A year ago, we published the 100th issue of At Work. It was also the first issue we published during a pandemic. Although many of us remain in lockdown, as we were a year ago, things feel different this spring. There’s a real sense we are climbing out and emerging into a new normal—especially as vaccination rates pick up steam across the country. It’s with this sense of hope that we look back at our research strategy during the pandemic and consider what it will look like going forward.
Our pandemic-related research took one of two routes over the past year. We conducted new research, often in collaboration with other organizations, about the impact of COVID-19 on work and health. We also modified some of our studies already in the field to capture new information about the effects of the pandemic.
In terms of new research, our collaboration with the Occupational Health Clinics for Ontario Workers (OHCOW) highlighted the importance of COVID-19 protections on the mental health of workers. Findings related to health-care workers and workers outside the health-care sector have already been shared (see At Work, Fall 2020). Findings specific to the education sector are coming soon.
So, too, are findings from a study conducted with researchers from Public Health Ontario (PHO) on the prevalence of COVID-19 infection control practices in Canadian workplaces and another on the rates of workplace outbreaks across industries in Ontario. Both of these studies grew out of IWH’s involvement with PHO in the development of the Occupational Exposure to COVID-19 Risk Tool.
Early this fall, at the XXII World Congress on Safety and Health at Work, you’ll be hearing about IWH research (conducted with partners in the United States and Europe) comparing the responses of occupational health and safety (OHS) inspectorates in various jurisdictions around the world to COVID-19 in the workplace. You’ll also hear about the challenges of tracking the incidence of COVID-19 due to workplace exposures and what information we should be prepared to collect in the event of a future pandemic if we want to truly understand the role of workplaces in infectious disease transmission.
With respect to incorporating COVID-related questions into ongoing research, you’ll find an example in this issue. A study looking at the transition to work of young adults with rheumatic illness resurveyed participants after March 2020 to learn about the effect of the pandemic on their employment (see sidebar on page 5).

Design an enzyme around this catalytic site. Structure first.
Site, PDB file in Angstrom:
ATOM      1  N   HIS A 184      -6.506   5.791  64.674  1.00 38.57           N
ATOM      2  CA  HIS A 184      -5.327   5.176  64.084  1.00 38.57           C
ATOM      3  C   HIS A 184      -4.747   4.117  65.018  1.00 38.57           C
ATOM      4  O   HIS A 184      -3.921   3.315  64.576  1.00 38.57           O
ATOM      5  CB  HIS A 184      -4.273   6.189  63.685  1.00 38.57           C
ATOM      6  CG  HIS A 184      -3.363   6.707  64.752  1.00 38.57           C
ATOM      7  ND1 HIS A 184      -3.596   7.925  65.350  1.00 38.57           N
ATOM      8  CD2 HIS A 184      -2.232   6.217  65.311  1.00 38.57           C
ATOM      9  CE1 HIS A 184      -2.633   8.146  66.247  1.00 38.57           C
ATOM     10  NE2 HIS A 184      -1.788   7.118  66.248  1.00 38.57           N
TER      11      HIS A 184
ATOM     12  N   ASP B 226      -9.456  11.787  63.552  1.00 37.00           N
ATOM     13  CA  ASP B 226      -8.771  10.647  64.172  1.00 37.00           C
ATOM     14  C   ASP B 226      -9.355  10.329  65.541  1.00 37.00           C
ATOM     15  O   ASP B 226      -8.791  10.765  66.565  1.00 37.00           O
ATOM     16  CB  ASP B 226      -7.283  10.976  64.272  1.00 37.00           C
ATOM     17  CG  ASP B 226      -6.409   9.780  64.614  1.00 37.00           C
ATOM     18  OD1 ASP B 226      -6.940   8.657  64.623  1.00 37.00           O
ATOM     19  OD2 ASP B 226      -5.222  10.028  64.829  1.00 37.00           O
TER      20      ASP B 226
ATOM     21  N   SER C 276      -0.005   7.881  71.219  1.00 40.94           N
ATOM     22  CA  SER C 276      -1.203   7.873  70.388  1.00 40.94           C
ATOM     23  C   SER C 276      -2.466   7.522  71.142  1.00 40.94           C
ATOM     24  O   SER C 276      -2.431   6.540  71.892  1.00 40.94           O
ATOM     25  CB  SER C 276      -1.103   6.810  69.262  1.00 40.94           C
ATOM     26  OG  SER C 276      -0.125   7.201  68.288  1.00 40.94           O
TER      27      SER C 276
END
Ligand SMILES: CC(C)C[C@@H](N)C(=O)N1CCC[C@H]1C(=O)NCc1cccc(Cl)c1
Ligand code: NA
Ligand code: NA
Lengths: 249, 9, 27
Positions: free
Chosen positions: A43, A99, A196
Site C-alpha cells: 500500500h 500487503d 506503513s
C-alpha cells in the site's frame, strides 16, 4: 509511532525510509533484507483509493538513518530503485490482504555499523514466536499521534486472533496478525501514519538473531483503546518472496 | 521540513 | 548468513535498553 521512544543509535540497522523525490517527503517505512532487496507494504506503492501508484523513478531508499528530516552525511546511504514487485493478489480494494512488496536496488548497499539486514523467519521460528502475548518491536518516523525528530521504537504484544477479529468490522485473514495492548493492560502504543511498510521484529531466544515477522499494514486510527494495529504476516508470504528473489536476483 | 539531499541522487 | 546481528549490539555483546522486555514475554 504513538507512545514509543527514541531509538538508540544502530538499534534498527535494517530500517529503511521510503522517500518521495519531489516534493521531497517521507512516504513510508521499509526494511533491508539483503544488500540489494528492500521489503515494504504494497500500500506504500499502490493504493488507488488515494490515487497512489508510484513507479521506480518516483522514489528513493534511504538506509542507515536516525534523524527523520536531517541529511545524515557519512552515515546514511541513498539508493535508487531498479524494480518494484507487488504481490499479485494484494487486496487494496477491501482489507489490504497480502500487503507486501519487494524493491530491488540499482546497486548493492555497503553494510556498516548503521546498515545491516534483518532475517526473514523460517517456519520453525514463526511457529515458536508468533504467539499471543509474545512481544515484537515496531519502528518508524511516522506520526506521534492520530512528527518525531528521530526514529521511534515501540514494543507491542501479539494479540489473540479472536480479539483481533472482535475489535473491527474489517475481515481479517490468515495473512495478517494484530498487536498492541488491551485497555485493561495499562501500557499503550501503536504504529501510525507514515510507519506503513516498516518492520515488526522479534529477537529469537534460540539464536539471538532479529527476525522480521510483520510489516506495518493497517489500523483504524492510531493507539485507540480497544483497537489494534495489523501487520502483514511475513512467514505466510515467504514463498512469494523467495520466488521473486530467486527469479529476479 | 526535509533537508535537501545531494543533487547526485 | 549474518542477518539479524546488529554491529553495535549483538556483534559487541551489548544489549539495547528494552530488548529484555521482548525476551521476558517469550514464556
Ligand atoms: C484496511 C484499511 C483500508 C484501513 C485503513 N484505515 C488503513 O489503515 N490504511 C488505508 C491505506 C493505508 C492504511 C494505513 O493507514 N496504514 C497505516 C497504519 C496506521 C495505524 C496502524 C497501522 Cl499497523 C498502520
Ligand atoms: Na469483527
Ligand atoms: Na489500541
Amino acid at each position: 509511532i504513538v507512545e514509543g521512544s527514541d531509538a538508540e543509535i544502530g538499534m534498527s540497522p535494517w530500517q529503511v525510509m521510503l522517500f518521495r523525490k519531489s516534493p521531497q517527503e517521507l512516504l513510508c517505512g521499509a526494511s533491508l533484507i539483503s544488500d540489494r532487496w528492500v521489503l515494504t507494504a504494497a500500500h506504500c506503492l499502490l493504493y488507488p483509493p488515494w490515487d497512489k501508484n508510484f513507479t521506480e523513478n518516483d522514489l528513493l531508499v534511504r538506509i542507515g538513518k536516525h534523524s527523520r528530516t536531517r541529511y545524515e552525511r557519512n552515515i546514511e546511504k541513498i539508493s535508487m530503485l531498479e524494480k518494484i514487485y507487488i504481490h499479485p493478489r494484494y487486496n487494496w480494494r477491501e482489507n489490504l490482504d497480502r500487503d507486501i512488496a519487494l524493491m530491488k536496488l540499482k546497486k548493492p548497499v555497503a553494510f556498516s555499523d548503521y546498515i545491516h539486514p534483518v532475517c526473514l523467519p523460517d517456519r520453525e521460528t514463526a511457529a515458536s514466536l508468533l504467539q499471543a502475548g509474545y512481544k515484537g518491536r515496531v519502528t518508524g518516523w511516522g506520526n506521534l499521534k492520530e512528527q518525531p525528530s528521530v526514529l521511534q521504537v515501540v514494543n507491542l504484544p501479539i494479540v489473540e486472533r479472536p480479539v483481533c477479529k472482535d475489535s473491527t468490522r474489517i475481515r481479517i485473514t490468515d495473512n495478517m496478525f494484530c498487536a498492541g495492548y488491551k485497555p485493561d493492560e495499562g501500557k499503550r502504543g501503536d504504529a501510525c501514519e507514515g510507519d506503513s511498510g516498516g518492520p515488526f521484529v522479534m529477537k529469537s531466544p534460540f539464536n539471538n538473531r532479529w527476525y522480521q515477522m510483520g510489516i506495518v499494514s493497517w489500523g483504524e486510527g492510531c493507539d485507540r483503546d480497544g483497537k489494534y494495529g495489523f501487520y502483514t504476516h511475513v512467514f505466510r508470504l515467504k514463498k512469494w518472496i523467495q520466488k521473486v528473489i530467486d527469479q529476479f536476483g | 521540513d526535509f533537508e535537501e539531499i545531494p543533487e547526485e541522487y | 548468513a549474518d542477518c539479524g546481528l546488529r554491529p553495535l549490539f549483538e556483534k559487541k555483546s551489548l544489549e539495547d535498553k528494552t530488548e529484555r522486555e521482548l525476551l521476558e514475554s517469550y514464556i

Findings from other studies that adapted to the pandemic reality are also coming shortly. In our next issue, you’ll read what we learned from an IWH study that incorporated new questions about COVID-related health, financial and organizational-support concerns among workers with and without disabilities. Later this summer, you’ll get our findings on the influence of COVID-19 on workers’ use of cannabis and alcohol, including use at work.
During the pandemic, we didn’t lose sight of the many health, safety and disability issues that were important before COVID, which we managed to continue studying throughout the past year. Going forward, we will continue to seek funding to research a wide range of issues. Depending on the funding envelope, some will have a COVID focus; many others will not. Even if not, we will heed the recent advice of our Scientific Advisory Committee: to consider or examine the impacts of the pandemic as a modifier when studying labour force trends, work precarity, the changing nature of work, and worker mental and physical health.
COVID-19 is an important event within the context of other trajectories that were already affecting the interface between work and health. Our role over the next five years, using sound research methods and the peer-review process, will be to understand the extent and nature of that impact, and to communicate the implications—from remedying the work-related inequities that COVID-19 laid bare to enhancing work and workplaces to ensure worker safety and well-being now and in the future.